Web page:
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The Almighty Buck Programming Stats IT

The $200,000 Software Developer 473

itwbennett writes "You can make a decent living as a software developer, and if you were lucky enough to get hired at a pre-IPO tech phenom, you can even get rich at it. But set your sights above the average and below Scrooge McDuck and you won't find many developers in that salary range. In fact, the number of developers earning $200,000 and above is under 10%, writes blogger Phil Johnson who looked at salary data from Glassdoor, and the Bureau of Labor Statistics. How does your salary rate? What's your advice for earning the big bucks?"
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The $200,000 Software Developer

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  • by hcs_$reboot ( 1536101 ) on Thursday June 13, 2013 @10:55AM (#43995855)
    Make a time machine, and go back to the 80's.
  • Re:Issue Is... (Score:5, Informative)

    by fuzzyfuzzyfungus ( 1223518 ) on Thursday June 13, 2013 @11:00AM (#43995919) Journal

    If you can get them, security clearances seem to be a popular way of not getting outsourced and competing with a rather smaller(if alarmingly large, on a per-capita basis) pool of applicants.

  • by i_want_you_to_throw_ ( 559379 ) on Thursday June 13, 2013 @11:00AM (#43995921) Journal

    How do you get started in that field? Do most of them have a financial background with some computer science, or the reverse?

    Well, it's a big field. A good place to start is [] and get into their forums. I have found the community there to be very helpful. I have seen postings with requirements for developing in C++ and C# and some places, if they can see that you have the programming ability, will teach you (or pay for your education) to take you further. It's a field where companies look SO much to get the edge that there are whole companies building straighter fibers (or microwave links) to the exchanges across the US to shave milliseconds off the time of a transaction.

  • by Apuleius ( 6901 ) on Thursday June 13, 2013 @11:04AM (#43995999) Journal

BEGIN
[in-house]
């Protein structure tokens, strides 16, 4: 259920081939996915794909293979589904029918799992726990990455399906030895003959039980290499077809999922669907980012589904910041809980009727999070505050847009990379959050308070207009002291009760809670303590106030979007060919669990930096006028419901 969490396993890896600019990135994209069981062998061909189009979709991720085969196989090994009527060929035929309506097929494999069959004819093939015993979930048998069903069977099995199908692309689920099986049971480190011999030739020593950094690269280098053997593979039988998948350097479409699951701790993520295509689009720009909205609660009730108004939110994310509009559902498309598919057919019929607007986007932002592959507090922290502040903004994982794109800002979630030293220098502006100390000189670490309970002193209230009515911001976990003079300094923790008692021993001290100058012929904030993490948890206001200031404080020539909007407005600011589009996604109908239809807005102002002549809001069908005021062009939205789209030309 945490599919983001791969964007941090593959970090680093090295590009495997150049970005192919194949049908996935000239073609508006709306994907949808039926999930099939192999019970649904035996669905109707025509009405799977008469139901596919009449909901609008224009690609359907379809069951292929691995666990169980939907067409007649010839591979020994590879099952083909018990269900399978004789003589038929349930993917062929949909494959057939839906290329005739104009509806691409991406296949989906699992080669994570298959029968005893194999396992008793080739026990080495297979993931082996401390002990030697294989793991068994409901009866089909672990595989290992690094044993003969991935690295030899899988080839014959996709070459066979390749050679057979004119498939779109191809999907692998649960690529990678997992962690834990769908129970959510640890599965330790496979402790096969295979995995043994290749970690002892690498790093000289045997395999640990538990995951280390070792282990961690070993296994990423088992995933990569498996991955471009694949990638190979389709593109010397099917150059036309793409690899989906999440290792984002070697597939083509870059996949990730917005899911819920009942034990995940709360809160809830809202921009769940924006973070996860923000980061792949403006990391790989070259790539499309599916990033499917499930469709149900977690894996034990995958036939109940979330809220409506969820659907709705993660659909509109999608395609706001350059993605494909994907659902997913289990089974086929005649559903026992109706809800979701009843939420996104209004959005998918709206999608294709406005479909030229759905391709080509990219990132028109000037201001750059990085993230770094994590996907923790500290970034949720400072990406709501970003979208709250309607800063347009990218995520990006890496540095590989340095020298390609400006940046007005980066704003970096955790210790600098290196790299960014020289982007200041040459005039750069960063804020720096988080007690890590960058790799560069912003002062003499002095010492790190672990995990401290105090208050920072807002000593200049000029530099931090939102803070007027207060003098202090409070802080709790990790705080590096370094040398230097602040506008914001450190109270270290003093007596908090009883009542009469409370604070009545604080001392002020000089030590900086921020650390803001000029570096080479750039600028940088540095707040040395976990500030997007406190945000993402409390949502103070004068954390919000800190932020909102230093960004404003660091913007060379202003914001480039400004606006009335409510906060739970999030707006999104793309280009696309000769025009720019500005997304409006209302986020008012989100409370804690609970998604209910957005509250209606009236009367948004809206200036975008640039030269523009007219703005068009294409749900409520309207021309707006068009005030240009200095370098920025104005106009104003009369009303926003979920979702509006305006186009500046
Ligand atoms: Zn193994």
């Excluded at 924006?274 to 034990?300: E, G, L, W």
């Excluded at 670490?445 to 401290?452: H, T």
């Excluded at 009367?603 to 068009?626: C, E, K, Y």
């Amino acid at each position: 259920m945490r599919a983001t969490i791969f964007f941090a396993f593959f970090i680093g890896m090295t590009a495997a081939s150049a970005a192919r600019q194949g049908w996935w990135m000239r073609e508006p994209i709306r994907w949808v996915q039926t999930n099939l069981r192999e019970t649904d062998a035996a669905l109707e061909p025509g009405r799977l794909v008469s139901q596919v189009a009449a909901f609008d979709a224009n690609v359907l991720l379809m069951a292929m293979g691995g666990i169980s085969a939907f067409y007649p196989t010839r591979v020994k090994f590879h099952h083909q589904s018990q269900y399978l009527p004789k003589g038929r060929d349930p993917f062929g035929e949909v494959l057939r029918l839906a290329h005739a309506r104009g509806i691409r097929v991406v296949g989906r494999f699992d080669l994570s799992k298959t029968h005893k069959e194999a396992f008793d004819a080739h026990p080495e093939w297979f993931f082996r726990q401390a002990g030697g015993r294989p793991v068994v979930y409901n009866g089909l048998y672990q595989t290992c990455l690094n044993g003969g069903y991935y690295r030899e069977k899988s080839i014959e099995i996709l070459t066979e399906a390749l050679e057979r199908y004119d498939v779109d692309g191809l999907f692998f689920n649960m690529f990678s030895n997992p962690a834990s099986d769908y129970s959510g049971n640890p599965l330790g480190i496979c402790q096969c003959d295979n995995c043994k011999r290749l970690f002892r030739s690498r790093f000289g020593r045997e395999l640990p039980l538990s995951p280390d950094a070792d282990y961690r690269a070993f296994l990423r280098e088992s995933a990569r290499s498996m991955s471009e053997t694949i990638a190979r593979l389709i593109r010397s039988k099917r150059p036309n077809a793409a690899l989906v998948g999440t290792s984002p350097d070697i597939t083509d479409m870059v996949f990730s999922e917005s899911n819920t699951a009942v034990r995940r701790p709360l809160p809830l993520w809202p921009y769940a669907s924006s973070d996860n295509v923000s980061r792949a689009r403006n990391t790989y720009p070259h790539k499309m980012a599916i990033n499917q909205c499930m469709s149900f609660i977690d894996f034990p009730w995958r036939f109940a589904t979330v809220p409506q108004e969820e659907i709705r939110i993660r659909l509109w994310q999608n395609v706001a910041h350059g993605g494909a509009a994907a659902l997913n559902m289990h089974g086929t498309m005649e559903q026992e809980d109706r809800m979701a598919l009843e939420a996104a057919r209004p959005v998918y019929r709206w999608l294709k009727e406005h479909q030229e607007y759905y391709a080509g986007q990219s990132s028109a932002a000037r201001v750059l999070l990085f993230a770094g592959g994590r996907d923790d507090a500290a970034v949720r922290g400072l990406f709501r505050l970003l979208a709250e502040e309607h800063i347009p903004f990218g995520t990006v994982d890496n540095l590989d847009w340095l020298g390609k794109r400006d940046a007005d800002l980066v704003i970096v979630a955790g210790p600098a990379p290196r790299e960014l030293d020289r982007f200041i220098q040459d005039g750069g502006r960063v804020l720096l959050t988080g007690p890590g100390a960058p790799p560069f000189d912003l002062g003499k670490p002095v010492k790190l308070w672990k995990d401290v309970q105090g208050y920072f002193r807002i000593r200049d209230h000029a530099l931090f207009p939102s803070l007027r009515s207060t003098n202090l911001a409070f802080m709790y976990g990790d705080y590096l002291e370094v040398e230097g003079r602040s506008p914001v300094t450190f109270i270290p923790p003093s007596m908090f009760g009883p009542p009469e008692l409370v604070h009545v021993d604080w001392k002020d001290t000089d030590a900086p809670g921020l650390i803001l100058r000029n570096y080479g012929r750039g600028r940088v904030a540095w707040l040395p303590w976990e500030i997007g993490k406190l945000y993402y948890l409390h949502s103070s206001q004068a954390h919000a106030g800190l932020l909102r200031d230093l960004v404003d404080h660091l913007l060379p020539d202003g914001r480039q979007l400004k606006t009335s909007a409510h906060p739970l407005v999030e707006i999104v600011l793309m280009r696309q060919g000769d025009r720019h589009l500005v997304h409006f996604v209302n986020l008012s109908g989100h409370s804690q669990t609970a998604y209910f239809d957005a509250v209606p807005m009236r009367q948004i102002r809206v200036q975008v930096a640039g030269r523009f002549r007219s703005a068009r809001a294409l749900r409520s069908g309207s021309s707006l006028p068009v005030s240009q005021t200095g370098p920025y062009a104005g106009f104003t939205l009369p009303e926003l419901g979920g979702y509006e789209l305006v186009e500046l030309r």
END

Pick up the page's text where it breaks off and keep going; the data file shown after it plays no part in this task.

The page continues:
I made 50K doing IT for a department at MIT.

    I made 120K for exactly the same work at a hedge fund.

    THat's a 70K price to pay for the intense satisfaction that comes from helping scientists engage in science. Worth it IMO.

  • Re:This just in.... (Score:5, Informative)

    by vux984 ( 928602 ) on Thursday June 13, 2013 @11:53AM (#43996769)

    except that is only true if intelligence is a purely straight line going from dumb to genius, which it is not.

    Or any curve with half the area on each side of the midpoint.

    So, it would be true if intelligence were a bell curve too, which it is generally considered to be the case.

    there isn't a number 1 most average person, but a large group of people that would all fit in the group.

    Yes, but no matter what test you devise, there will be a median, and half the people will be below it.

    The people above and below that level are going to be much less than ~50%.

    Have you seen a bell curve? Yes, the majority of the population is within a standard deviation of the midpoint, but half of them are still below it.

    Parroting a saying without understanding I'd guess puts you in that group.

    Where does that put you?

  • by Paul Fernhout ( 109597 ) on Thursday June 13, 2013 @11:17PM (#44003733) Homepage

    I've been meaning to put up the comments I had on Ray Dalio's principles somewhere for a long time. I finally just put them up here: []